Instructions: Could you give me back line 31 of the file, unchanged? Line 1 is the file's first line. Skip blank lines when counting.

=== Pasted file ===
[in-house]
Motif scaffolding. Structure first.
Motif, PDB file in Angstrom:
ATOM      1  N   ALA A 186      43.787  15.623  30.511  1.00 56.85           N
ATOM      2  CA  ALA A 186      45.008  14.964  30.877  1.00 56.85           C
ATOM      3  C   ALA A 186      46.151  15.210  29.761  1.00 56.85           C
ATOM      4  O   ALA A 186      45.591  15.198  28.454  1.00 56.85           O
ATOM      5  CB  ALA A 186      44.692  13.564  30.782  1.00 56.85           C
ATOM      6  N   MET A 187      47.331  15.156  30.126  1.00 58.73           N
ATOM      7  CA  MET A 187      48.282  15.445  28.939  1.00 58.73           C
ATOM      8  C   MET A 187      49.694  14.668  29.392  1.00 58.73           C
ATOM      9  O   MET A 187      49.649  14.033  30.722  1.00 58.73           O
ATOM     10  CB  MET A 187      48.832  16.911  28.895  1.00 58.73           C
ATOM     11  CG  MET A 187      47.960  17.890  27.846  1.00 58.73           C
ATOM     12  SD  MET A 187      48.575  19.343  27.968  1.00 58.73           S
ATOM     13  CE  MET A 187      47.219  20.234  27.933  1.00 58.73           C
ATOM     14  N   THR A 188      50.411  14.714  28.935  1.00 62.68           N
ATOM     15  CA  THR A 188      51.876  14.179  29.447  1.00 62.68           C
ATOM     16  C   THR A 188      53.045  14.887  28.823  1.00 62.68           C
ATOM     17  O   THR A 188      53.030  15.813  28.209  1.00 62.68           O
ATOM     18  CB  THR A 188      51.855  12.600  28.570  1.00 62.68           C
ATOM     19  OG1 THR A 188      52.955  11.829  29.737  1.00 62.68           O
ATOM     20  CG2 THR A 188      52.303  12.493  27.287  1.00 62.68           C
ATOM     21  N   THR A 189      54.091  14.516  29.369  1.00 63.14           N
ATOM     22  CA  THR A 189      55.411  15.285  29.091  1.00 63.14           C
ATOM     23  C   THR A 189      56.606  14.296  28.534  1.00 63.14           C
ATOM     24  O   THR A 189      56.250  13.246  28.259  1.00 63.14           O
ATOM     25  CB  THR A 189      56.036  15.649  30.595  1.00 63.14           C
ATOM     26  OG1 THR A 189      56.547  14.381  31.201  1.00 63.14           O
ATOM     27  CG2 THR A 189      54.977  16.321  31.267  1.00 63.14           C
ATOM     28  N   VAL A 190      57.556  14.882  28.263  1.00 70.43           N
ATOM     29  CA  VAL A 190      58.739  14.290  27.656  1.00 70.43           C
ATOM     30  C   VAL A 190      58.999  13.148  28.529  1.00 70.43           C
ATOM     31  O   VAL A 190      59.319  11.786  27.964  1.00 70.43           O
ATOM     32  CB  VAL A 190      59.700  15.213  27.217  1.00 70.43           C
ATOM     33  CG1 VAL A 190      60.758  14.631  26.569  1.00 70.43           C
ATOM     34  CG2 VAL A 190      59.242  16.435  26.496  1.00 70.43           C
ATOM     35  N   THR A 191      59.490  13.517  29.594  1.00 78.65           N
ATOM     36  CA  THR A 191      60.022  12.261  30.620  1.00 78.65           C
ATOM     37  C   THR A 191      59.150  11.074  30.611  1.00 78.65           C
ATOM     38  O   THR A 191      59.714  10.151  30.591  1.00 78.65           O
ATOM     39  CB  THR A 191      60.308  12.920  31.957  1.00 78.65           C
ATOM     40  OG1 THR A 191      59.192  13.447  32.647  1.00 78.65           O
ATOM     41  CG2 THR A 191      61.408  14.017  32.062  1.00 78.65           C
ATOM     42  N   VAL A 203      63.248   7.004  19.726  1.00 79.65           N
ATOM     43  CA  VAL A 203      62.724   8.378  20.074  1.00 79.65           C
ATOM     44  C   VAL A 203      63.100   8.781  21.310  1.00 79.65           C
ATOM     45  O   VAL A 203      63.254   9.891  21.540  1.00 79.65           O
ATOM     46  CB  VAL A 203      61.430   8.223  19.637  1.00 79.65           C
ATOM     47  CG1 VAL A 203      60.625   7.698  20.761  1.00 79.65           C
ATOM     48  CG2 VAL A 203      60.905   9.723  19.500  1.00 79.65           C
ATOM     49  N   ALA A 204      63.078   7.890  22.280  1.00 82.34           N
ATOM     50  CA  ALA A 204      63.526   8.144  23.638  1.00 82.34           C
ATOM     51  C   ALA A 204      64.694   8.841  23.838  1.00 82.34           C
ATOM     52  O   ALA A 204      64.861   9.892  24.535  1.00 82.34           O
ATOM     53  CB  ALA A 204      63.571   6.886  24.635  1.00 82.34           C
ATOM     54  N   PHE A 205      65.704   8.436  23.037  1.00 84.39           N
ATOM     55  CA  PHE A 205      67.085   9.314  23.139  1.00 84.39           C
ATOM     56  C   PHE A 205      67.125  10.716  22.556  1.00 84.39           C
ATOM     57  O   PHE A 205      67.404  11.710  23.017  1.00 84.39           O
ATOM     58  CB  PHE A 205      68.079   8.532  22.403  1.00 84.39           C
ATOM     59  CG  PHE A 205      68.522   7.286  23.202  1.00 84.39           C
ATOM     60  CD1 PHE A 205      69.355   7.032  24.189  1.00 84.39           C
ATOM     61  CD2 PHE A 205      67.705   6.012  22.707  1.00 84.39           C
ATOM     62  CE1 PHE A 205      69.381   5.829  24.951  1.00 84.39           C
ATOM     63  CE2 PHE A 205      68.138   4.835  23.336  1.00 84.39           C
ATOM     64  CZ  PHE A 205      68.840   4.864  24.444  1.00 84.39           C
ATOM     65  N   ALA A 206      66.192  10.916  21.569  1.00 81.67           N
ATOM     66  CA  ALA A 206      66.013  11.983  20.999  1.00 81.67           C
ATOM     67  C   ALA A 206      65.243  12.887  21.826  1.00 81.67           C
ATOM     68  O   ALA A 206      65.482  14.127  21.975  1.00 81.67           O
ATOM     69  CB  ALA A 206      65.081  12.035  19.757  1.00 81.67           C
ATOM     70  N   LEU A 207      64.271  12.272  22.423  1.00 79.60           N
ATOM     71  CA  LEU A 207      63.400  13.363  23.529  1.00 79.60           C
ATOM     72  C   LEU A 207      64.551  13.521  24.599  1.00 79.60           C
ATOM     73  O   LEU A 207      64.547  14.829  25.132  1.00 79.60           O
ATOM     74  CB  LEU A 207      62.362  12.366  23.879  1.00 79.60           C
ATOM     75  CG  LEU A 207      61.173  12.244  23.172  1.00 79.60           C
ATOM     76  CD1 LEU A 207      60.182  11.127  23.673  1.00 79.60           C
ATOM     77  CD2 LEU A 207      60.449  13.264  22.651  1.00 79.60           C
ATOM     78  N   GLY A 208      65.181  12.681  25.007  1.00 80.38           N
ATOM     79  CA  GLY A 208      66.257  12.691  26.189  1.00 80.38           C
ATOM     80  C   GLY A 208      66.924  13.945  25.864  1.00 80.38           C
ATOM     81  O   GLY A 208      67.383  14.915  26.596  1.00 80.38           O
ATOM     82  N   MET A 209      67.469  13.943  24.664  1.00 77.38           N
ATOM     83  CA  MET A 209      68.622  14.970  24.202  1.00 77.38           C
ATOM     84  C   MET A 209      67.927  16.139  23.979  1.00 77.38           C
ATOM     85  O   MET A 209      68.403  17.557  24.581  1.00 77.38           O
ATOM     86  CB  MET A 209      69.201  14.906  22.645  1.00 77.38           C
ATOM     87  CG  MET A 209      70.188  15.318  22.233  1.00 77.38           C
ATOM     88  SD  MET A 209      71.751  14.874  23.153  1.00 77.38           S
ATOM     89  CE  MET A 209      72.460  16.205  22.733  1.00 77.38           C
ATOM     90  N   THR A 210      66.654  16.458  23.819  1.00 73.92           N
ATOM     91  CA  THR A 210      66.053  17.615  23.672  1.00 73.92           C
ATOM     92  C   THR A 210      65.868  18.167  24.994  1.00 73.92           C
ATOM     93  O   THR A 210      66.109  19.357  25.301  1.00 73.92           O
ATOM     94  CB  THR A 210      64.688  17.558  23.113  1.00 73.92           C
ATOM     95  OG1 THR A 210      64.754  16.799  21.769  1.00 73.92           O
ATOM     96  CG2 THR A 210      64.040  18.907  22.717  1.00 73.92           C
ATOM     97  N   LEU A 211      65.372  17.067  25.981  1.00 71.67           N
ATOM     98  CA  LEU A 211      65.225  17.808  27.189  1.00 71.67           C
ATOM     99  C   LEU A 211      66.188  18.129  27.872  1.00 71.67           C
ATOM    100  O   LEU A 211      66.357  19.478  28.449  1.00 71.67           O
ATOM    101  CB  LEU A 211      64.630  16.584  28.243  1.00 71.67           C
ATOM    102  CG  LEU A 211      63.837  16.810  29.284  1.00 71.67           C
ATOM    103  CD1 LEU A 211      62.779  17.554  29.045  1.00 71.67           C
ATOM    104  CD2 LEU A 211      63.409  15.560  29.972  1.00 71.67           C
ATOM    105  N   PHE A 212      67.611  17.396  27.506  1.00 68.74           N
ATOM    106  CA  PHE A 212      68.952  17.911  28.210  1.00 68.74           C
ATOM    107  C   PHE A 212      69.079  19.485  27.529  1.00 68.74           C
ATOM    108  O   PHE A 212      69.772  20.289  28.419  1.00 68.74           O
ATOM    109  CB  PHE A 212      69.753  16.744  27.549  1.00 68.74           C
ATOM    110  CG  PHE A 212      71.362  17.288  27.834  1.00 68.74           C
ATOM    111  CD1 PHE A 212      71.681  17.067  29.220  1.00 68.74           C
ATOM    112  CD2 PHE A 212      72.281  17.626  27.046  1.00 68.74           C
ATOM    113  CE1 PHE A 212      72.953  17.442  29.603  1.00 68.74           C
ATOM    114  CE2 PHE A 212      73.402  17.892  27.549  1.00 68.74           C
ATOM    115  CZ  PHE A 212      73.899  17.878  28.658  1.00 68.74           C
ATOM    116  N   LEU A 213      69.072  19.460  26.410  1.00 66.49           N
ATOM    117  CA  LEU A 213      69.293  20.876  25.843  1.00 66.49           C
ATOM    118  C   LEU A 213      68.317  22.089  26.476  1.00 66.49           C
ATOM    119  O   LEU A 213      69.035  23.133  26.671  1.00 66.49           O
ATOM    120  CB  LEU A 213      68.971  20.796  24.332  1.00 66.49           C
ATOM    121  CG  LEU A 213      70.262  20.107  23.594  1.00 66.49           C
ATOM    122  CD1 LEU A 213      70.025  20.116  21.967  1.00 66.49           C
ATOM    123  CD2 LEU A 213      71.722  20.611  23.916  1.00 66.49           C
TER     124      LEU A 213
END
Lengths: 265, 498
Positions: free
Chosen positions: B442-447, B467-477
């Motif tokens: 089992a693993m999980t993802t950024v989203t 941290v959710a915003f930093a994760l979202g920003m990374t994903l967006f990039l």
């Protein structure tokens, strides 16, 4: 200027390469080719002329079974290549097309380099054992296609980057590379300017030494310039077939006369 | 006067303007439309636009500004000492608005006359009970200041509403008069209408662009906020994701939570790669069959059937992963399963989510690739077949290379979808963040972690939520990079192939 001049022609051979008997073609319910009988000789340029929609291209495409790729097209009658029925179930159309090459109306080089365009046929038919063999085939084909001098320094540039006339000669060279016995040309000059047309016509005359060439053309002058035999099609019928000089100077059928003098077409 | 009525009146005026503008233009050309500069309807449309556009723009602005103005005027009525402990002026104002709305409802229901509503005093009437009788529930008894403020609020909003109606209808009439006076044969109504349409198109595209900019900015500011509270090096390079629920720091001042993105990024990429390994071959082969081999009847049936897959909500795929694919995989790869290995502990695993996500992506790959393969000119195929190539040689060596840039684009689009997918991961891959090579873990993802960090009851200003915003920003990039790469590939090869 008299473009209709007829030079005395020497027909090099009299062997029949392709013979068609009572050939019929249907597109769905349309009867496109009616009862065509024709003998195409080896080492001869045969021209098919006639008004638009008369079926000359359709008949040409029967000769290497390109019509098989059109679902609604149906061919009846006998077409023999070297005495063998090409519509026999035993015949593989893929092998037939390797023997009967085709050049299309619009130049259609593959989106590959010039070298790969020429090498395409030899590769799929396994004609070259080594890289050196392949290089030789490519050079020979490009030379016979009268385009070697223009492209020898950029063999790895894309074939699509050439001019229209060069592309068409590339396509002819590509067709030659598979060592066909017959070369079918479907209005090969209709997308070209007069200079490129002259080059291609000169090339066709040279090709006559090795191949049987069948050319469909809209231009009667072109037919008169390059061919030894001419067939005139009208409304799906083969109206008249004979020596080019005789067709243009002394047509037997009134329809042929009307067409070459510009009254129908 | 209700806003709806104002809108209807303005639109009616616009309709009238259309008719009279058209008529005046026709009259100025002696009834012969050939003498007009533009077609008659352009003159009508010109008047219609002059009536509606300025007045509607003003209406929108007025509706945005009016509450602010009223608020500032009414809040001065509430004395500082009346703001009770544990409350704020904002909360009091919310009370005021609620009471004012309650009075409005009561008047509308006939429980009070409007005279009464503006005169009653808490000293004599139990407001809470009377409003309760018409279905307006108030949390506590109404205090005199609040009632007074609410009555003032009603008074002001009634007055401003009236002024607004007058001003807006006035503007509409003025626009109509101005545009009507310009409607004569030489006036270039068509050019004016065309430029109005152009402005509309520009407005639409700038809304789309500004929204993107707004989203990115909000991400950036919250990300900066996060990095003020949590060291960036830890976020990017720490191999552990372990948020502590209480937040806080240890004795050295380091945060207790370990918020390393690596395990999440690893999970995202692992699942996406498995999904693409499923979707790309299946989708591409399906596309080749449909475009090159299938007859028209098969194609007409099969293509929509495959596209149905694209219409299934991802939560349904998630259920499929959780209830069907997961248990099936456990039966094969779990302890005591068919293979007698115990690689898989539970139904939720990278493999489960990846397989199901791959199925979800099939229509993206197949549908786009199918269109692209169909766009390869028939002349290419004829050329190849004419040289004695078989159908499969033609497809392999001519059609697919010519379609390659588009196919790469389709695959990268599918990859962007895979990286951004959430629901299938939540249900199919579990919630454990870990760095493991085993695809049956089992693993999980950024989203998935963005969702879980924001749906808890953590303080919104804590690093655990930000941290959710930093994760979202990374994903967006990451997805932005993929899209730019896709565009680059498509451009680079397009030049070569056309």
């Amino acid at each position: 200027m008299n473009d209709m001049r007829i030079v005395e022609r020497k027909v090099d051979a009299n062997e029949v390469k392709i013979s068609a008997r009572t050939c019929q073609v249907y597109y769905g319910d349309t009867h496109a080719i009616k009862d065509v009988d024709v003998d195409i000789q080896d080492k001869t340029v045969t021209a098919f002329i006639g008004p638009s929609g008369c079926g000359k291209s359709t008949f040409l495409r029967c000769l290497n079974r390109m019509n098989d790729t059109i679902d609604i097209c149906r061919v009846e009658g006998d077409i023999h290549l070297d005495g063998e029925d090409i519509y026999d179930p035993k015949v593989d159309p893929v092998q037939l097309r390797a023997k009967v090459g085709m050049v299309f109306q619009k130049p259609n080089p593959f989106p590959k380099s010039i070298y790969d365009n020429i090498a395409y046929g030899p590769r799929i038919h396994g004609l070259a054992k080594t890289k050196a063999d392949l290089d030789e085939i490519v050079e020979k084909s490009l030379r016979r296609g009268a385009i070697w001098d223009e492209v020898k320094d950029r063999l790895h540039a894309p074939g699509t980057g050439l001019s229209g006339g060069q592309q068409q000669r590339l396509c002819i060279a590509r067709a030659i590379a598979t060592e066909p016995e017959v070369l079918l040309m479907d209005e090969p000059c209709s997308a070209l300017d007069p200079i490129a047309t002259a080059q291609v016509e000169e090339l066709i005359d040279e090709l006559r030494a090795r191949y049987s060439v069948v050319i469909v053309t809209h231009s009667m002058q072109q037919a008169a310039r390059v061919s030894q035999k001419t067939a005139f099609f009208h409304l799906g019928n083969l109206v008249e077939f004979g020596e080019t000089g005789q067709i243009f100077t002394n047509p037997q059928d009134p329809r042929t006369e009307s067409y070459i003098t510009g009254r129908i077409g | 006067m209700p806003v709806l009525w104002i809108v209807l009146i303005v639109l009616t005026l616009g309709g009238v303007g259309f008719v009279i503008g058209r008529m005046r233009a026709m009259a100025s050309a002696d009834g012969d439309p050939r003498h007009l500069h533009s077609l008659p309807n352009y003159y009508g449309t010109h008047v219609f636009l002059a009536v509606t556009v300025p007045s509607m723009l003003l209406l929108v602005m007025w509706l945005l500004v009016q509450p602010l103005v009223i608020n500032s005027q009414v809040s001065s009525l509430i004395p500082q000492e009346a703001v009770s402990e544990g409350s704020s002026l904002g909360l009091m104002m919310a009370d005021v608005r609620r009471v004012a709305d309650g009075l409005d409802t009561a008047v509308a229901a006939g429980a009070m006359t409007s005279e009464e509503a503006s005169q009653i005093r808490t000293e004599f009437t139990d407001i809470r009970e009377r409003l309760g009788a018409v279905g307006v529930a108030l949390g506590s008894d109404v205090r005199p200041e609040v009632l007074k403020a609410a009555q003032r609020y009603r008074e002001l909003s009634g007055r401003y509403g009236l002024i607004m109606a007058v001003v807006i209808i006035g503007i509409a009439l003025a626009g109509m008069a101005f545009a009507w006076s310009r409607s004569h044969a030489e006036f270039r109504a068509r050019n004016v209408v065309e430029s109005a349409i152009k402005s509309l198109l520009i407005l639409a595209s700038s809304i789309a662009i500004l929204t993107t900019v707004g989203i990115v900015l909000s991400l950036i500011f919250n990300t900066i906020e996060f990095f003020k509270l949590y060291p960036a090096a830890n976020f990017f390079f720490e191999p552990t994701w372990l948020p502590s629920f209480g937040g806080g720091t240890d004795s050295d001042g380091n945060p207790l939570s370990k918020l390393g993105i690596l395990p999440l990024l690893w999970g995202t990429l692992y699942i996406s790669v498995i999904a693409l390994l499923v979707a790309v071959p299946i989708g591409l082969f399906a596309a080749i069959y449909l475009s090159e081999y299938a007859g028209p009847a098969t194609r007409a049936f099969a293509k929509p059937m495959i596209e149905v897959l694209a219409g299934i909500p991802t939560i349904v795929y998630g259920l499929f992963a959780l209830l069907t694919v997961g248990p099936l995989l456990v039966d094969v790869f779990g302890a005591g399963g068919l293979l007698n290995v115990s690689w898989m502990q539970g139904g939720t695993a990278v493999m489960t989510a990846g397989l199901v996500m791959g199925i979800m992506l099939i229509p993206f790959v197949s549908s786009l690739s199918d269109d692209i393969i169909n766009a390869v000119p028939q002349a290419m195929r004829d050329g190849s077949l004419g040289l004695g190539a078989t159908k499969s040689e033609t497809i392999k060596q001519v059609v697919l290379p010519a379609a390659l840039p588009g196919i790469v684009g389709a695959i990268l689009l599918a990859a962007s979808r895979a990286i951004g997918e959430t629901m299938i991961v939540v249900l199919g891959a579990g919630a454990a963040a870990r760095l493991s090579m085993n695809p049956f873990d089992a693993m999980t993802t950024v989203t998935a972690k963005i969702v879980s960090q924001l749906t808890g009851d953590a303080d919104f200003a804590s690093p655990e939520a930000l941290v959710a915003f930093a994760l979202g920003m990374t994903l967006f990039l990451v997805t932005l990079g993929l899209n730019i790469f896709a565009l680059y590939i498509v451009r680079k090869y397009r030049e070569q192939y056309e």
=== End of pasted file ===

ATOM     28  N   VAL A 190      57.556  14.882  28.263  1.00 70.43           N